Reply by ●January 5, 20092009-01-05

emre wrote:>> I need an interpolation between 2 points, where I can specify x1,y1,x2,y2 >> as usual and also derivatives at both ends. I need it to be computed > fast >> and accurate. It should be an interpolation with minimal (or small) >> curvature. > > Hi, > > Could you elaborate a little more... > > 1) how fast? (real time / offline?) define "fast". > 2) how accurate? could you specify a cost function? > 3) what is "small curvature"? > 4) do you know anything else about this function. is it band-limited? > is it a polynomial? is it random with a known pdf / power spectrum?... (the > more prior information, the "better" you can interpolate.) > > The following quotation was displayed inside the physics lab at our high > school: "He who doesn't know what he's looking for can not understand what > he finds." I'd hate to sound preachy, but I believe it applies here.One of the signs I hung in my father's workshop read, "Tell me what you need and I'll show you how to do without it." (Alright, I was a disgustingly cocky kid.) It too may apply here. Have a look at http://users.erols.com/jyavins/typek.htm Quadratic interpolation will only allot matching the derivative at one end (or where segments join) but that is often enough. Jerry -- Engineering is the art of making what you want from things you can get. �����������������������������������������������������������������������

Reply by ●January 5, 20092009-01-05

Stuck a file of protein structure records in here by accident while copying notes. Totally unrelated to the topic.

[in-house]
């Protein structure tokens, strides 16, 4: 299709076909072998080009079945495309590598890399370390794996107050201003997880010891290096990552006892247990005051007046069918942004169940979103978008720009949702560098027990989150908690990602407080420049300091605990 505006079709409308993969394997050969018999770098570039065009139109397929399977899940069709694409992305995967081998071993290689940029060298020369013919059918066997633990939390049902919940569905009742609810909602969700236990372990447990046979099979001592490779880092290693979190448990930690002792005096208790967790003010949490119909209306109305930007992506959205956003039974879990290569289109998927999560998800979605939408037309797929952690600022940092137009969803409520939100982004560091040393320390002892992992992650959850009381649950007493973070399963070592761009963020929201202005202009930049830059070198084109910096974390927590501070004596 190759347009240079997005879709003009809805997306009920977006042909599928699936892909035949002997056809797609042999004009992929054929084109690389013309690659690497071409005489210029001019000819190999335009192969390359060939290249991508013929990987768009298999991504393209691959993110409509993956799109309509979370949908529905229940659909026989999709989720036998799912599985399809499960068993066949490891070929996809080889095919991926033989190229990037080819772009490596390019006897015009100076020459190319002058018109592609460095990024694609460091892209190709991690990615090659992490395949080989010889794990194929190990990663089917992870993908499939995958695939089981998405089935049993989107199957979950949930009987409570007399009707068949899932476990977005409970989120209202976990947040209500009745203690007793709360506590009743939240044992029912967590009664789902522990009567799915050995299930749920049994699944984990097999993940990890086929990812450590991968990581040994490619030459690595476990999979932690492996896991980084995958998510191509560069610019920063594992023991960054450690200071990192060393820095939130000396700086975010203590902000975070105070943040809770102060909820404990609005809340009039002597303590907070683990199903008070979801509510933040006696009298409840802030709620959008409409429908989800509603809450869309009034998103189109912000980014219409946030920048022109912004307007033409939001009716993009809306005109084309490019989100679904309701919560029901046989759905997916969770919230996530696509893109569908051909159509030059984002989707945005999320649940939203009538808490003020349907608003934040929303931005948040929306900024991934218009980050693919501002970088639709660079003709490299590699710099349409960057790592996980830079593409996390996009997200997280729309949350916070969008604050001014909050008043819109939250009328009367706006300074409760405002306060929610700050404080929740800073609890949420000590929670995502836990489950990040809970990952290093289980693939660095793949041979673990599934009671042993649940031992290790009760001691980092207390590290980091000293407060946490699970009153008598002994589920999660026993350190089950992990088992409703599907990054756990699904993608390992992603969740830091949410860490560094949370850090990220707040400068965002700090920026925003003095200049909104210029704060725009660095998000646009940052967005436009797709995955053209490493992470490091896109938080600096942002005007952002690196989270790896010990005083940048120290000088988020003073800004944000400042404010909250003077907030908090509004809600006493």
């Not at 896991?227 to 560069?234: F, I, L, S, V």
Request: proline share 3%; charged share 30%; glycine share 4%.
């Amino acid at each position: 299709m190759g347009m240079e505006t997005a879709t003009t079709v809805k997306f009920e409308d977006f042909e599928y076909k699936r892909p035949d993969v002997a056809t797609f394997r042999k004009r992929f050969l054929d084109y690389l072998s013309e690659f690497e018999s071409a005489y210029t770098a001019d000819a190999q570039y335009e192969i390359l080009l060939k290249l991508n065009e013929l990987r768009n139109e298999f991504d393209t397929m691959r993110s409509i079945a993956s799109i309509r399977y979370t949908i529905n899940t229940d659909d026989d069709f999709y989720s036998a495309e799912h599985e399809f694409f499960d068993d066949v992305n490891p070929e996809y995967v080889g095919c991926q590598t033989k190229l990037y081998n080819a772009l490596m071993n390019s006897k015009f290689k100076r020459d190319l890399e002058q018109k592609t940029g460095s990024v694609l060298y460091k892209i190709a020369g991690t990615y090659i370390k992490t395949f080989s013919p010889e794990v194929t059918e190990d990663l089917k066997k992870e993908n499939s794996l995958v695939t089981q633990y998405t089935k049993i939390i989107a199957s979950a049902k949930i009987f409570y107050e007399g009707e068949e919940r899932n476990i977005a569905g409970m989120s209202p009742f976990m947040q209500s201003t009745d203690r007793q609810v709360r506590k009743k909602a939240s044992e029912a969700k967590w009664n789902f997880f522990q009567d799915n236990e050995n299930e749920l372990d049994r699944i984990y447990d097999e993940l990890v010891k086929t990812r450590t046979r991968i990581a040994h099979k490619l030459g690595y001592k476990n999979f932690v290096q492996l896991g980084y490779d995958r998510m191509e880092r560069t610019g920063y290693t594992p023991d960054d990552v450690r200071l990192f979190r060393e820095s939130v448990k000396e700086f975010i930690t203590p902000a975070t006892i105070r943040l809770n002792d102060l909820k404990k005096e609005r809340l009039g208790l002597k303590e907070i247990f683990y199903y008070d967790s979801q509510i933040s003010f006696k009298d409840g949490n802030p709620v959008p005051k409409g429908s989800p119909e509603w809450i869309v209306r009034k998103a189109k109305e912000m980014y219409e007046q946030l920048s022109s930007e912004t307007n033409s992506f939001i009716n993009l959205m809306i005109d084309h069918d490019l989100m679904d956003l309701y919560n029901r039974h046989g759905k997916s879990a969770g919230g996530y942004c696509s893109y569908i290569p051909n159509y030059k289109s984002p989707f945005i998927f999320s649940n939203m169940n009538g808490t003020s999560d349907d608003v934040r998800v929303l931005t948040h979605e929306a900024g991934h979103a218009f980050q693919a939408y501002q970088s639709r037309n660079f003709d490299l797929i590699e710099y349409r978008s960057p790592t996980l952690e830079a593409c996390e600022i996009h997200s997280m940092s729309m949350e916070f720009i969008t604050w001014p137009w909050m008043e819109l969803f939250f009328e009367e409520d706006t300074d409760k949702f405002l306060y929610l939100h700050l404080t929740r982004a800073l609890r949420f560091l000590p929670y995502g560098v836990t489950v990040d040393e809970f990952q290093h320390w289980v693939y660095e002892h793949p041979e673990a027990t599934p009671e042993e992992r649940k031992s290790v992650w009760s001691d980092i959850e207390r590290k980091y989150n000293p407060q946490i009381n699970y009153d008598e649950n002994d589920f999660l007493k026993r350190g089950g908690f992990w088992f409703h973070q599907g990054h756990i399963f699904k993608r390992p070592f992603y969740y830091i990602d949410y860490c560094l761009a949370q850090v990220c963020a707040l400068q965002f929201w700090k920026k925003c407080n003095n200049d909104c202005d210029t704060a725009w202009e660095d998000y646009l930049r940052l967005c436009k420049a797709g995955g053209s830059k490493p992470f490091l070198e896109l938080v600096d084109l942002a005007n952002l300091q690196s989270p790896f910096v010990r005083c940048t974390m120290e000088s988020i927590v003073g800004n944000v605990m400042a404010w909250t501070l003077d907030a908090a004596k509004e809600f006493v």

>*if* (and you haven't answered this "if" question yet), your data >points (that you are interpolating between) are equally spaced in >time, you can use a table that small (or even smaller, if you're >comparing to 3rd-order hermite) along with linear interpolation >between the finite number of fractional delay points that the table >hits. you still have complete random addressing. but you have to >divide your fractional delay address into two parts (which is easy if >you have the number of fractional delays in your table is a power of >two - you simply mask the bits). the most-significant part is used to >decide which entries in you table to use to interpolate. the least- >significant part is used to do linear interpolation between these very >closely spaced fractional delays. > >now *that* works for data points that are equally (or "uniformly") >spaced. are your data points uniformly spaced? if so, your life can >be made much easier, no matter how you do your interpolation.I'm not sure if I understand this. I want it to be accessed randomly, so no equal spacing, any fractional number. And the control points (between which are interpolating) may have absolutely any position.>> Imaging an envelope in range 0..1, where >> 0..0.49 is constant, 0.51..1 is constant and there are many points in >> between. To represent this accurately you need the table to be verylarge>> to represent all those points, because it may e.g. be addressed with >> precision of 0.00001 in X. And this would take a lot of time togenerate>> (which is not possible), the table would be very large and in thereforei=>t >> would take a lot of memory, which would be too slow in this case.Imagine an A4 paper on desk in front of you directed horizontally. Take a pen an paint some points. You can paint them anywhere. And now you have several control points, one border of the paper is X axis, the second one Y. And you want to be able to get Y value for any X. If you have painted many control points let's say around the center X but with very different Y (10 dots in the center top, 10 dots in the center bottom), the interpolated function will look like a big mess in there and you will need at least some values in the lookup table corresponding to the interval between them to define the values correctly. Since there is teoretically no limit between the distance of neighbouring points, there is no way you can create a look table - except having a lookup table for each pair of neighbours and what is the advantage of it then? (I mean against using cubic curve directly)>you're gonna have to re-explain this for me to understand you. > >> But I think everything is okay now ;-). >> I hope this was understandable :-). > >not all of it was.Yeah, I couldn't be a teacher :-))) dmnc.